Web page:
The wood, durable, easy to saw, yet resistant to termites, is widely used in Australia for strong durable construction, interior finish, flooring, cabinetry, furniture, fence posts, cross-ties, sometimes pulpwood[1]. Australian aborigines made canoes from the bark[1]. According to NAS (1980a), annual wood yields are around 20 - 25 m3/ha in Argentina, 30 m3 from Israel, 17 - 20 from Turkey in the first rotation, and 25 - 30 in subsequent coppice rotations[1]. On poor arid sites yields are only 2 - 11 m3 on 14 or 15 year rotations[1].

Unknown part

Medicinal uses(Warning!)

Eucalyptus leaves are a traditional Aboriginal herbal remedy. The essential oil found in the leaves is a powerful antiseptic and is used all over the world for relieving coughs and colds, sore throats and other infections[6]. The essential oil is a common ingredient in many over-the-counter cold remedies[6].

The plant is an aromatic, astringent, tonic herb that sticks to the teeth and turns the saliva red[7]. The report says that the leaves, essential oil and oleo-resin are used[7], but does not specify which properties apply to the different parts of the plant[K]. The leaves and the oil will have very similar properties, the oil being much stronger in its effect since it is distilled from the leaves[K]. Detailed below is how the oleo-resin and oil are commonly used in other species[K].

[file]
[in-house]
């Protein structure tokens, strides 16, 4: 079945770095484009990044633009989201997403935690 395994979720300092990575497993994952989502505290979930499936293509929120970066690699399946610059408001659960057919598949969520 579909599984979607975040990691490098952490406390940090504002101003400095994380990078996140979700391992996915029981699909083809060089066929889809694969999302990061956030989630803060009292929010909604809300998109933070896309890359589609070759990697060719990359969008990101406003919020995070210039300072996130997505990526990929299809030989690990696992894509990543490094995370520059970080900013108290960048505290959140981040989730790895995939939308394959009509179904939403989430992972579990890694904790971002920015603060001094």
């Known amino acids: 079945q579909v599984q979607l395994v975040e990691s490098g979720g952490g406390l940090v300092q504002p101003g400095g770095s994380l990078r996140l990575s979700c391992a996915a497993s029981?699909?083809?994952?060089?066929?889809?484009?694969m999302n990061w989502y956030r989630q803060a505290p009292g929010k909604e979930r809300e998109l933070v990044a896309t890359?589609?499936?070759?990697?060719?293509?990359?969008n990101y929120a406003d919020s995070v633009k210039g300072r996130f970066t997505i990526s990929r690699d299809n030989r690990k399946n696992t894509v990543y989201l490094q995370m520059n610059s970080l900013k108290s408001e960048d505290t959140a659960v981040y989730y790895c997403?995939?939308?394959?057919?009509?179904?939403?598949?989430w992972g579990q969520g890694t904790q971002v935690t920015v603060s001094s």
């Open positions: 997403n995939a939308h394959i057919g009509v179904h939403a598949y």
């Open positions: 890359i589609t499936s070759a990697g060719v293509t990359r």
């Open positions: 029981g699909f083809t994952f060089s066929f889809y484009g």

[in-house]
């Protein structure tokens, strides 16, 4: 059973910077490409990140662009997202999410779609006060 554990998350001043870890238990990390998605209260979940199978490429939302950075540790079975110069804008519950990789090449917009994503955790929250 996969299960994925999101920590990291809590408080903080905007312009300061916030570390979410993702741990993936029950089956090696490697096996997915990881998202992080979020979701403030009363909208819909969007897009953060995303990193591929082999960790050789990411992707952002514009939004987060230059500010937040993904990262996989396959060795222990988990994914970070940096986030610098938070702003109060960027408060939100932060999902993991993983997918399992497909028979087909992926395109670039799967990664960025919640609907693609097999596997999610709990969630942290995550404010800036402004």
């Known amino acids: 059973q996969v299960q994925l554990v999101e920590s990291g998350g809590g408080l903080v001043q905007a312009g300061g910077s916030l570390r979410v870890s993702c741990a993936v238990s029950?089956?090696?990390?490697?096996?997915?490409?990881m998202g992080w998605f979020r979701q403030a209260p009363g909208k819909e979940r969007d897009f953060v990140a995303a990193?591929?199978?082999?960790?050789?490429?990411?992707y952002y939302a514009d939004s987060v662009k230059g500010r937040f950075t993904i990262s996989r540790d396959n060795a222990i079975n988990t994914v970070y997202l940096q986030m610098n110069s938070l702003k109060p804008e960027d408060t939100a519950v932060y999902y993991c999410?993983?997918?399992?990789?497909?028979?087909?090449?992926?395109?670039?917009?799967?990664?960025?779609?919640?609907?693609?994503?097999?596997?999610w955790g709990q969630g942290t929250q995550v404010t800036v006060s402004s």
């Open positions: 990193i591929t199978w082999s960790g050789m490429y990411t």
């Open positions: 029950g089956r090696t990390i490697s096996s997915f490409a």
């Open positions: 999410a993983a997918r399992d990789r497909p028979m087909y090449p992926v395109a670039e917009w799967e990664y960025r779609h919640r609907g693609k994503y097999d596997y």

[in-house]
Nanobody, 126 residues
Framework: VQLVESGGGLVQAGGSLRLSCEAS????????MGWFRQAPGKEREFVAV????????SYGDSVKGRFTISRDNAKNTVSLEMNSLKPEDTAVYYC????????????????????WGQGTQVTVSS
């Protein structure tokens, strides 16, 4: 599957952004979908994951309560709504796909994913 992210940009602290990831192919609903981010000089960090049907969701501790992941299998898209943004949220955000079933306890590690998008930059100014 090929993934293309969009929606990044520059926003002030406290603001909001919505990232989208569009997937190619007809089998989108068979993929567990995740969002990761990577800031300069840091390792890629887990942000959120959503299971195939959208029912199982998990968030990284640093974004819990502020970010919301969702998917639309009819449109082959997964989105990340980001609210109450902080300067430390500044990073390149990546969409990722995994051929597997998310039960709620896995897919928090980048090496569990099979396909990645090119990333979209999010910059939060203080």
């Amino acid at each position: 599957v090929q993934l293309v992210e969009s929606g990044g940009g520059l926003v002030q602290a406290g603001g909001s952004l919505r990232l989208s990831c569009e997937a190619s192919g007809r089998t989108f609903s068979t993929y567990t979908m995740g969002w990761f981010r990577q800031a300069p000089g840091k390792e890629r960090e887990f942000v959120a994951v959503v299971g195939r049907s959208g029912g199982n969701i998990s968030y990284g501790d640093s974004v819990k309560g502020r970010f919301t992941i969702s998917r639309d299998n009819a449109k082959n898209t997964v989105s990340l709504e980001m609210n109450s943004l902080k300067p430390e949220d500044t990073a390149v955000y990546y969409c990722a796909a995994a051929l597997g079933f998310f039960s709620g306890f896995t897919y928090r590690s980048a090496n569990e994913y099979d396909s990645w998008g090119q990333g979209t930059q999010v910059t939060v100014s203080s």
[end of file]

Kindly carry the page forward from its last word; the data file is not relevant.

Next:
The essential oil obtained from various species of eucalyptus is a very powerful antiseptic, especially when it is old, because ozone is formed in it on exposure to air. It has a decided disinfectant action, destroying the lower forms of life[8]. The oil can be used externally, applied to cuts, skin infections etc, it can also be inhaled for treating blocked nasal passages, it can be gargled for sore throat and can also be taken internally for a wide range of complaints[8]. Some caution is advised, however, because like all essential oils, it can have a deleterious effect on the body in larger doses[8]. An oleo- resin is exuded from the tree[7]. It can also be obtained from the tree by making incisions in the trunk[8][9]. This resin contains tannin and is powerfully astringent, it is used internally in the treatment of diarrhoea and bladder inflammation[8][9][7], externally it is applied to cuts etc[8][9].